Why kids lie—and why it's not always bad

The ability to craft a good fib is a developmental milestone for children.

Jamie Goldfarb had finished reading the last bedtime book to her three-year-old son, Kai, when he told her he was hungry. The mom from Takoma Park, Maryland, usually complied with such requests since Kai had difficulty feeding as a baby. But this time, as she headed downstairs to fetch a banana, she heard him say under his breath, “Now that’s how you get a fourth book.”

Goldfarb was stunned that her sweet toddler would tell her an outright lie, but experts would say that Kai was engaging in sophisticated cognitive reasoning in his successful attempt for extra storytime. And according to researchers, lying begins as soon as a child starts developing empathy, reasoning, and self-control.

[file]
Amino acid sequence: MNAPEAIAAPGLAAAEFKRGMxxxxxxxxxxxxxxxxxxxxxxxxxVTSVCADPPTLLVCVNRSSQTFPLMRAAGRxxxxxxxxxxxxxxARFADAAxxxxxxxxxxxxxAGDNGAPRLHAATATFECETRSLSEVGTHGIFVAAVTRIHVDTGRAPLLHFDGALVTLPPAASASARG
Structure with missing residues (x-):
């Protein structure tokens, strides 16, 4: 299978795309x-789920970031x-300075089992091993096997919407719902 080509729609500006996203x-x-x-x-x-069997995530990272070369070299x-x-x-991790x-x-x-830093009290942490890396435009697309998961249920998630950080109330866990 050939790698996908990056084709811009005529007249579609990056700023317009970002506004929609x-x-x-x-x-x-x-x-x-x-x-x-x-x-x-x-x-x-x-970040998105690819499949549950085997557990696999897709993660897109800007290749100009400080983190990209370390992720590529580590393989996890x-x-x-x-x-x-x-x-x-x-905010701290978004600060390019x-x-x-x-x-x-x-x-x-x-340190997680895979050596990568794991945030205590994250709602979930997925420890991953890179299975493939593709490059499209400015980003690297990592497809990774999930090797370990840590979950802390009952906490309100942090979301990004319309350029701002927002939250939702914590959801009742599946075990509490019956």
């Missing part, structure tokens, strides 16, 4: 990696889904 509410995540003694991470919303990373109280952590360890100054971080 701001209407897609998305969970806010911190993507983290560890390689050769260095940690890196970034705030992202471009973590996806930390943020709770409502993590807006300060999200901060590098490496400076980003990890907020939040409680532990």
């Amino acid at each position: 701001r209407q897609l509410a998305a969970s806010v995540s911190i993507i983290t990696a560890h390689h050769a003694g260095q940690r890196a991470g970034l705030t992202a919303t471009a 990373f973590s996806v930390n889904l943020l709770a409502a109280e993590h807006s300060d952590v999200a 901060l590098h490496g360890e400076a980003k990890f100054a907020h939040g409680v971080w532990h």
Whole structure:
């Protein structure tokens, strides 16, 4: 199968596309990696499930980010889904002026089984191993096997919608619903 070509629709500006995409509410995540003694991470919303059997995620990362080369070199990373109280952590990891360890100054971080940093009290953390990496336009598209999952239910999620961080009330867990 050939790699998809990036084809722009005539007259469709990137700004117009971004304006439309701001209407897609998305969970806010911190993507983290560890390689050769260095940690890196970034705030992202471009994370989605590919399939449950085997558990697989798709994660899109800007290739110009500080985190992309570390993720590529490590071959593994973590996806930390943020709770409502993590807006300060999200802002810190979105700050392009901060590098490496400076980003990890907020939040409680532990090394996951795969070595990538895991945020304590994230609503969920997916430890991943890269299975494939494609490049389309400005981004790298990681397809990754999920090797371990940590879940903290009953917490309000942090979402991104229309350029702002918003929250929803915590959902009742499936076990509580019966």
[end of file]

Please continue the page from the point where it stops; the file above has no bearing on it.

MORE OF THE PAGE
When they’re about two years old, kids start developing a sense of self, recognizing that they’re independent from others. And that means they can start figuring out—and manipulating—human emotions. Experts call this “theory of mind”—the ability to act based on how you anticipate the beliefs, desires, and actions of others.

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